I wish PBS Small World would report on the atrocities of the guerrilla en Guatemala, the death squads. The assassination of Gordon Main, US Ambassador, the German Ambassador, the torture and killings of the guerrilla in Mayan villages where everybody from 10 years and older were executed for not helping them. They should also report on the abuses of the FARC, colombian guerrillas, the abuses of Fidel Castro. This was a dirty war of a few guerrillas who wanted to take over the goverment to impose their comunist ideas.
Los Angeles, CA
Once again you've outdone yourselves. May we always have PBS to keep us well informed and well educated. Thank you.
A very sad history--the one we've lived, and the one we've escaped. My peoplo have endure much suffering and now we need all the help we can get to reconstruct our lives and our society. With no justice there can be no peace. We have not forgoten and we will seek justice in the name of those who have suffered.
Appropos of the comment from Reston, VA, it is also an outgrowth of the high-handed imperialism of the United States intervening throughout the twentieth century to install and support dictators who would support our foreign policy agendas in return for our support of their oppression of their own people. The list of dictators we have imposed upon Latin American countries is horrible: Bautista in Cuba, Samoza in Nicaragua, Duvalier in Haiti are just the beginning.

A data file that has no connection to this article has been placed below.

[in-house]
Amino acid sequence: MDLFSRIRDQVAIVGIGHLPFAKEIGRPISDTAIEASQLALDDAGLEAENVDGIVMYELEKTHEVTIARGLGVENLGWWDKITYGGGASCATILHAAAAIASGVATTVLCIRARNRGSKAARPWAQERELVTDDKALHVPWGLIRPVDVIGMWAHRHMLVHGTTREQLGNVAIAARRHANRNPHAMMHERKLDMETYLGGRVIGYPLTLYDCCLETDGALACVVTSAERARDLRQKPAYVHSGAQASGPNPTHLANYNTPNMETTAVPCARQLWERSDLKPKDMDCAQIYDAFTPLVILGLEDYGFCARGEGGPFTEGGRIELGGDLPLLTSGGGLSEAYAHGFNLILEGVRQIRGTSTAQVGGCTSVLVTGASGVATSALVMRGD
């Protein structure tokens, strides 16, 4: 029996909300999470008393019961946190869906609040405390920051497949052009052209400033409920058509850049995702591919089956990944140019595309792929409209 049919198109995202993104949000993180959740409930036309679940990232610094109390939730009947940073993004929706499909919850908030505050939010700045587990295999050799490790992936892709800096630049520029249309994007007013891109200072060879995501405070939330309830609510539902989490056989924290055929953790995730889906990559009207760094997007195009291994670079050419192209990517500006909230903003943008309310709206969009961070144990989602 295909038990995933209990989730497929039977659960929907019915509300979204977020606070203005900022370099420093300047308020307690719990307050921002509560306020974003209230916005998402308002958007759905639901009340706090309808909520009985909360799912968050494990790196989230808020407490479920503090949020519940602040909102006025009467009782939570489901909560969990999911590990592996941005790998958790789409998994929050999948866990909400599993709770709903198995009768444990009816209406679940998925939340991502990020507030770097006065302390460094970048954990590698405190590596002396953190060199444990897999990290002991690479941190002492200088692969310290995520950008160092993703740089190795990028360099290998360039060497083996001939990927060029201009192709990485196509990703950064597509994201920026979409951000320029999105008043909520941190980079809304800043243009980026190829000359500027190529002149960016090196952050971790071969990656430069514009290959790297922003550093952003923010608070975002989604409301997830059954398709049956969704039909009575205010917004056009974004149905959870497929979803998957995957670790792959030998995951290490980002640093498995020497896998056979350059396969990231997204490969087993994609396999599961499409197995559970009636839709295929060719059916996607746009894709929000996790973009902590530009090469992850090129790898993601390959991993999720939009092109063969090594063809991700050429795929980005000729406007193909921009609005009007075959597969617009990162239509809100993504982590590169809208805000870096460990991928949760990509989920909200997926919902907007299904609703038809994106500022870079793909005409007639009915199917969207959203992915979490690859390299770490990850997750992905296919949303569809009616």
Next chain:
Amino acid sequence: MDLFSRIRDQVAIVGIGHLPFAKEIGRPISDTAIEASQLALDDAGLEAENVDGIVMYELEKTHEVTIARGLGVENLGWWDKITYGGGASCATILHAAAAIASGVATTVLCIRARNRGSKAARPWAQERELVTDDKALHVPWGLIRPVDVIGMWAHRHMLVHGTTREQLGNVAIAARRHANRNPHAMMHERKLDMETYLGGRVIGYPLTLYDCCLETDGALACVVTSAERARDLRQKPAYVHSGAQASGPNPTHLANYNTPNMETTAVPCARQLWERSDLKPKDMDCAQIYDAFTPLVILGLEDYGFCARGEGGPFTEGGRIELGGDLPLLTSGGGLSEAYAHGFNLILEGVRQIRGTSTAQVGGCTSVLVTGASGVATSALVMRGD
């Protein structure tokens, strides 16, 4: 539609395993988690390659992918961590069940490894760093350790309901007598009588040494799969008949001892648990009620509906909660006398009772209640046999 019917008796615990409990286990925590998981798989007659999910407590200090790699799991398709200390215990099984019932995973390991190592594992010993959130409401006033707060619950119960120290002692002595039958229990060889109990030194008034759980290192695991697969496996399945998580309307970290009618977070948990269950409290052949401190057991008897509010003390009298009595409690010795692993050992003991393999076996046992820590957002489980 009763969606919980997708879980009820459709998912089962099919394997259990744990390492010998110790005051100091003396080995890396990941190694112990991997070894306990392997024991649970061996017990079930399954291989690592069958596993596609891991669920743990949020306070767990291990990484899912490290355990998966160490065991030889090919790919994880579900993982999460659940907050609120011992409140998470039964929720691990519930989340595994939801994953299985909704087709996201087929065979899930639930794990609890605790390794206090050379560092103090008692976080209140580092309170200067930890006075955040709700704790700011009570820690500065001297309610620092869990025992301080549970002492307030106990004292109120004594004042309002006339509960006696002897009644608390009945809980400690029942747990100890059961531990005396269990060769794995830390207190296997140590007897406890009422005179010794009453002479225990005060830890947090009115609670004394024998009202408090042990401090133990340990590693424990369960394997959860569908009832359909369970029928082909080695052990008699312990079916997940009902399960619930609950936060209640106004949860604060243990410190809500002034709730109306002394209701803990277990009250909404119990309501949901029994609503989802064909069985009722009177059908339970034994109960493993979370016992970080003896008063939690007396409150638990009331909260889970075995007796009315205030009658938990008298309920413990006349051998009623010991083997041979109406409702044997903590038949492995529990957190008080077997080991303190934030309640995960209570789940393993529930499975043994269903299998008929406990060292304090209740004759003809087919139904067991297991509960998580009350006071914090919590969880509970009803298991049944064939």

Mark E. Smith
San Diego, CA
As usual, the ones who secretly plan and carry out genocide are called "the government" and those who openly oppose or resist fascism and genocide are called "guerrillas."
I'm too old to keep up with these linguistic changes. Back in my day we called people who waged wars of aggression "the enemy" and we called those who opposed genocide and crimes against humanity "the resistance" or "the Allies" or "Americans."
San Francisco Bay Area, Ca
Guatemala is tragically beautiful. I've been enamored and captive by this country since my first visit in 1997. The gross atrocities committed against the Mayans breaks my heart.
I highly recommend the book by Daniel Wilkinson, "Silence on the Mountain," and any book by Jennifer Harbury, including "Searching for Everado".
Thanks for doing a great job documenting the cover-up and calculated effort by those in power to further oppress the poor.
In closing, it is a shameful act to oppress the poor for the sake of any power.
I guess the Maya were not that nice to each other either.
Does anybody know the name of the guitar music at the end?
Los Angeles, CA
That was a good story, hopefully much good will come of this project.
I loved this because I just went on study abroad this past term to Mexico, Guatemala, El Salvador, and Nicaragua. We met with members from the Famdegua foundation, the same building you went to. That was so awesome to see that. I would love to work for Frontline World view after I graduate in 2009!
Fr. Georges Toussaint
A good video. I have been in Guatemala during 40 years and I have to say we meet that kind of violence in our slum where I am each day.
Considering Guatemala's sad history, the 'dirty war' in Argentina, Peru's Shining Path, and the death squads in Nicaragua (as well as others not coming to mind at the moment), Latin America hasn't been that much of a human rights haven. Could this be a hangover from the cruel brutality of the Conquistadors?